This book was fascinating to listen to at a time,rather later than some earlier reviews, when a new wave of unrest sweeps through middle eastern muslim countries.Just what is behind it all is something of a mystery, but the persisting differences in world views that Pagden discusses continue with undiminished potency today. The book illuminates so many salient points in the long and everlasting socio- religious history of the human race.One muslim belief I share: history does repeats itself, on and on and on.
The themes are universal, the feel,suburban Melbourne.
Barracuda is about finding a place in the world and a meaning for one's life. The reader experiences Danny's torment and his battle with the world as he struggles to become someone of worth.
Not for the faint-hearted, it is often harsh and confronting. It is also tender and compassionate. It's a very moving book and the pain and sadness of it all linger long in ones heart.
Listening to Davina Porter narrate this tale of a time traveling saucy wench makes me cringe! The romantic (read 'sexy' ) bits, always trying in audio, sound ridiculous coming from her perfectly enunciated mouth. I know, I'm getting old, and I'm way past this kind of book.
I optimistically used a large slab of my downloading capacity to hear this lengthy book (I usually love lengthy books). A complete waste of computer space and my time. My worst ever purchase on audible. Needless to say I only listened to the first section till I could stand no more. A long, drawn out period of nothingness.
Barbara Kingsolver is an excellent writer. Sometimes a little slow to get into, but always worth the effort. A good story, thoughtful, and very well written.
I found the Beautiful Ruins to be such a mixed bag. Some parts seemed quite tacky while others could be so moving to bring a tear to the eye! The extremes of location, Hollywood and Italy in the 60's,are an unlikely combination and I often didn't know what to think. Yet, when it was all over I missed it, so on the whole, despite the weirdness, I'm giving it thumbs up!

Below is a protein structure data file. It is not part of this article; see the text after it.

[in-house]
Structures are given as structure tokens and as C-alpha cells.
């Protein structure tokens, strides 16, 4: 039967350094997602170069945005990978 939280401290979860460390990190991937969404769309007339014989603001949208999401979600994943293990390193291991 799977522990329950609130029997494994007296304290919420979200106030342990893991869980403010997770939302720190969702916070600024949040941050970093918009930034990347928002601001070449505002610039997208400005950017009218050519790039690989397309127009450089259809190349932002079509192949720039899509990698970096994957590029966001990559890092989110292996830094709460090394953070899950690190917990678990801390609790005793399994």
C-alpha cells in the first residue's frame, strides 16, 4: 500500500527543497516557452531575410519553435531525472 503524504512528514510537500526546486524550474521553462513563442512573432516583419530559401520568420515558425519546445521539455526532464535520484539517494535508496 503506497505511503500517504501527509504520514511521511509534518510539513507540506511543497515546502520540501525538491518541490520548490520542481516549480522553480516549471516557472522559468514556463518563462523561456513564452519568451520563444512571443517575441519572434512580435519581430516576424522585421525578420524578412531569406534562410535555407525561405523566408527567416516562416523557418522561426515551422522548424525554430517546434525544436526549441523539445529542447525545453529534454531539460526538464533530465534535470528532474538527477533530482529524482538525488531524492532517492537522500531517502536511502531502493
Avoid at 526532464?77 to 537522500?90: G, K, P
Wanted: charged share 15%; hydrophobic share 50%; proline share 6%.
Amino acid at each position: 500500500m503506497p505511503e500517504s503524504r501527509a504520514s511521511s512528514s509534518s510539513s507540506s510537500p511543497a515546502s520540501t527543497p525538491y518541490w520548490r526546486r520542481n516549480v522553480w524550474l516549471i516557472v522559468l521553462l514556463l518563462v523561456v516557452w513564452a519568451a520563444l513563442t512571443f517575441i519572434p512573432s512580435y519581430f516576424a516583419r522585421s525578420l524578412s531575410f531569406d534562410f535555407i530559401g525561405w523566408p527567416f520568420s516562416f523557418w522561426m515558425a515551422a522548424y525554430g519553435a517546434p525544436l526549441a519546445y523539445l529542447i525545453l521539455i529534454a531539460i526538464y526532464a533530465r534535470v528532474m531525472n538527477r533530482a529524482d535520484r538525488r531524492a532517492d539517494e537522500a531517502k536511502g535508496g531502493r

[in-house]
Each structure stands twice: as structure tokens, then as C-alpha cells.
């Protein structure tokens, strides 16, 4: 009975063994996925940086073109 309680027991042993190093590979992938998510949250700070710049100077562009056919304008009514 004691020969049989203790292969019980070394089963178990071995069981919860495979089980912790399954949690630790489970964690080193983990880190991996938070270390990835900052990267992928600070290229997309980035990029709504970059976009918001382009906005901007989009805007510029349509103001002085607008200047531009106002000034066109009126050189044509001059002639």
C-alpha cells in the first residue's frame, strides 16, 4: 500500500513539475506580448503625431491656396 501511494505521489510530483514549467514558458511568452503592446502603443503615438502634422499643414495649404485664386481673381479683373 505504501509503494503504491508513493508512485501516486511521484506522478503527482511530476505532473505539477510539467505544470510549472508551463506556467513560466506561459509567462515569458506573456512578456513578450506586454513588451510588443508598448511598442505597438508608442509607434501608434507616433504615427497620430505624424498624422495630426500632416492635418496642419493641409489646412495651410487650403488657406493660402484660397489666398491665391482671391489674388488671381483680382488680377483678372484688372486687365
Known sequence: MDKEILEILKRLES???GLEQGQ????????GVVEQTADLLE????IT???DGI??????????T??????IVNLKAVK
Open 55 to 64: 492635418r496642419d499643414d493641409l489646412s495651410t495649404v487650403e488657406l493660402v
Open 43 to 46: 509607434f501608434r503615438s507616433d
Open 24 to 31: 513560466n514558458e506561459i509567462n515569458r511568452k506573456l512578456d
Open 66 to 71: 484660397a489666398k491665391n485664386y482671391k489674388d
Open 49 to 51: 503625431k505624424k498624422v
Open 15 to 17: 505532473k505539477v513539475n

Having recently had to make a very long car trip at short notice, I was very lucky to have Isabella on my Ipod. A great story, well read, beautifully enunciated, it was an excellent companion, and helped make my journey less tedious.
Like the reader of the introduction, Richard Dawkins, I first read The Black Cloud many years ago. I was fascinated then by the debate over the universe...Steady State (the Hoyle thesis) or the Big Bang, which is now widely accepted. Even today, while the Steady State theory might be out of favour, I still prefer a variation on this, rather than the Big Bang. Its still a fascinating question! Thus the novel is about what might be going on out there in the vastness, and Hoyle's description of how the human race might respond to something quite different to us dropping by is amusing. The book is quaintly dated in some ways, but still worth it, especially if you were around at the time when it was written.
Dawkins' introduction was interesting and established the time frame and scientific context in which the novel was written. It would be very useful for those who are not familiar with the book.The reader ,Jack Klaff, was a bit "prim", that Tony Blair type of British accent, and the accents he gave his non British characters were at times excruciating. (I'm sure his Australian listeners would wince at the Aussie scientist, but perhaps that's just being petty!) Apart from that, it was well done.
I am only partway through this novel and feel that, given the right conditions, it could be an enjoyable experience. However each time I go back to it I am put off by that dreadful voice the narrator, Nigel Hawthorne, gives to the poor old butler! Why in heavens name doesn't he use a normal voice? I'm not sure if I can listen to the end with this awful narration. It certainly undermines the book as an audio experience.
I enjoyed the Eustace Diamonds immensely.A little more light hearted the some other of Trollope's works, and as such a highly entertaining companion over a period of grim weather.Timothy west is as always the perfect reader.
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